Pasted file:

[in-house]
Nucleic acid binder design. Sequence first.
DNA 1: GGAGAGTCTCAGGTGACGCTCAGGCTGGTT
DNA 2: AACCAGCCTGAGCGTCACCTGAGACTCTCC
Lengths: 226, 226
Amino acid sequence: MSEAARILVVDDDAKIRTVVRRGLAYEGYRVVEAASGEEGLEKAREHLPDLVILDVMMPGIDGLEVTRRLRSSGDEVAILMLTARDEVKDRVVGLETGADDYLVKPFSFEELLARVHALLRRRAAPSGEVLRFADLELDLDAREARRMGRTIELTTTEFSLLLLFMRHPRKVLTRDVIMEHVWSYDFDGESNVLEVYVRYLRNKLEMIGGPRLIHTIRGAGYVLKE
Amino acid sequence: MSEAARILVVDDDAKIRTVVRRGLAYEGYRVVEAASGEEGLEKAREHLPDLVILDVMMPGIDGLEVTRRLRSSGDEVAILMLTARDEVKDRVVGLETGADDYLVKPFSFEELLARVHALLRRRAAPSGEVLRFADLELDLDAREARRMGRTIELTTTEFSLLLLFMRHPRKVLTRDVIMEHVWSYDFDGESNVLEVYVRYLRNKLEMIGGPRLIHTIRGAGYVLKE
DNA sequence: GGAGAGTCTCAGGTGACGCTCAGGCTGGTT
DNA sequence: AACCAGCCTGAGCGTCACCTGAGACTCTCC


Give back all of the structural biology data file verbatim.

[in-house]
Nucleic acid binder design. Sequence first.
DNA 1: GGAGAGTCTCAGGTGACGCTCAGGCTGGTT
DNA 2: AACCAGCCTGAGCGTCACCTGAGACTCTCC
Lengths: 226, 226
Amino acid sequence: MSEAARILVVDDDAKIRTVVRRGLAYEGYRVVEAASGEEGLEKAREHLPDLVILDVMMPGIDGLEVTRRLRSSGDEVAILMLTARDEVKDRVVGLETGADDYLVKPFSFEELLARVHALLRRRAAPSGEVLRFADLELDLDAREARRMGRTIELTTTEFSLLLLFMRHPRKVLTRDVIMEHVWSYDFDGESNVLEVYVRYLRNKLEMIGGPRLIHTIRGAGYVLKE
Amino acid sequence: MSEAARILVVDDDAKIRTVVRRGLAYEGYRVVEAASGEEGLEKAREHLPDLVILDVMMPGIDGLEVTRRLRSSGDEVAILMLTARDEVKDRVVGLETGADDYLVKPFSFEELLARVHALLRRRAAPSGEVLRFADLELDLDAREARRMGRTIELTTTEFSLLLLFMRHPRKVLTRDVIMEHVWSYDFDGESNVLEVYVRYLRNKLEMIGGPRLIHTIRGAGYVLKE
DNA sequence: GGAGAGTCTCAGGTGACGCTCAGGCTGGTT
DNA sequence: AACCAGCCTGAGCGTCACCTGAGACTCTCC